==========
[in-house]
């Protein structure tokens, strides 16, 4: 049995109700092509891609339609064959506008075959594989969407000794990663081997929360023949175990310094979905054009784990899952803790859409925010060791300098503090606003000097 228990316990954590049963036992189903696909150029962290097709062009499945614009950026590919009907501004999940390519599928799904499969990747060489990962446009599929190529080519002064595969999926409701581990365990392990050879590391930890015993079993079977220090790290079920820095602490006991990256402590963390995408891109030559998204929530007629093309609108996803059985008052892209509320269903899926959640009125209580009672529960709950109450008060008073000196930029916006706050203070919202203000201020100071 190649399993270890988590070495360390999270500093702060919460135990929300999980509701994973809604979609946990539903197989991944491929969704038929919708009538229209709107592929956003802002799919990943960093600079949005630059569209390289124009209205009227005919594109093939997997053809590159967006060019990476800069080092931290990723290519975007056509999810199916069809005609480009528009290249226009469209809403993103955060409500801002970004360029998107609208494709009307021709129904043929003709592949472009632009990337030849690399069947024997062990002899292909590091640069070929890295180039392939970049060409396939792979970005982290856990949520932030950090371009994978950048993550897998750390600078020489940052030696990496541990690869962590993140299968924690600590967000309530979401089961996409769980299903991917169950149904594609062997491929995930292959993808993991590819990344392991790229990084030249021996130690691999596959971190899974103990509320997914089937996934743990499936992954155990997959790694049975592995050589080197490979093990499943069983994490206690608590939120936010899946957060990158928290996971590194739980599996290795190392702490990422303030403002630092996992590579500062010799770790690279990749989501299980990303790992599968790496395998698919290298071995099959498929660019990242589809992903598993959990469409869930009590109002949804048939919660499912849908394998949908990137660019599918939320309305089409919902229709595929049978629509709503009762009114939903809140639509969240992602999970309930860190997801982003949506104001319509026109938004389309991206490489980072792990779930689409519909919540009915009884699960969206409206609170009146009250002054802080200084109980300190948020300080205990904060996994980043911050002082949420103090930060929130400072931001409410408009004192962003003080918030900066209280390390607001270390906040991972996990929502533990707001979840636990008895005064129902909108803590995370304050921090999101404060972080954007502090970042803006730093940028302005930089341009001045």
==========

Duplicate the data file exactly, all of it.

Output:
[in-house]
């Protein structure tokens, strides 16, 4: 049995109700092509891609339609064959506008075959594989969407000794990663081997929360023949175990310094979905054009784990899952803790859409925010060791300098503090606003000097 228990316990954590049963036992189903696909150029962290097709062009499945614009950026590919009907501004999940390519599928799904499969990747060489990962446009599929190529080519002064595969999926409701581990365990392990050879590391930890015993079993079977220090790290079920820095602490006991990256402590963390995408891109030559998204929530007629093309609108996803059985008052892209509320269903899926959640009125209580009672529960709950109450008060008073000196930029916006706050203070919202203000201020100071 190649399993270890988590070495360390999270500093702060919460135990929300999980509701994973809604979609946990539903197989991944491929969704038929919708009538229209709107592929956003802002799919990943960093600079949005630059569209390289124009209205009227005919594109093939997997053809590159967006060019990476800069080092931290990723290519975007056509999810199916069809005609480009528009290249226009469209809403993103955060409500801002970004360029998107609208494709009307021709129904043929003709592949472009632009990337030849690399069947024997062990002899292909590091640069070929890295180039392939970049060409396939792979970005982290856990949520932030950090371009994978950048993550897998750390600078020489940052030696990496541990690869962590993140299968924690600590967000309530979401089961996409769980299903991917169950149904594609062997491929995930292959993808993991590819990344392991790229990084030249021996130690691999596959971190899974103990509320997914089937996934743990499936992954155990997959790694049975592995050589080197490979093990499943069983994490206690608590939120936010899946957060990158928290996971590194739980599996290795190392702490990422303030403002630092996992590579500062010799770790690279990749989501299980990303790992599968790496395998698919290298071995099959498929660019990242589809992903598993959990469409869930009590109002949804048939919660499912849908394998949908990137660019599918939320309305089409919902229709595929049978629509709503009762009114939903809140639509969240992602999970309930860190997801982003949506104001319509026109938004389309991206490489980072792990779930689409519909919540009915009884699960969206409206609170009146009250002054802080200084109980300190948020300080205990904060996994980043911050002082949420103090930060929130400072931001409410408009004192962003003080918030900066209280390390607001270390906040991972996990929502533990707001979840636990008895005064129902909108803590995370304050921090999101404060972080954007502090970042803006730093940028302005930089341009001045």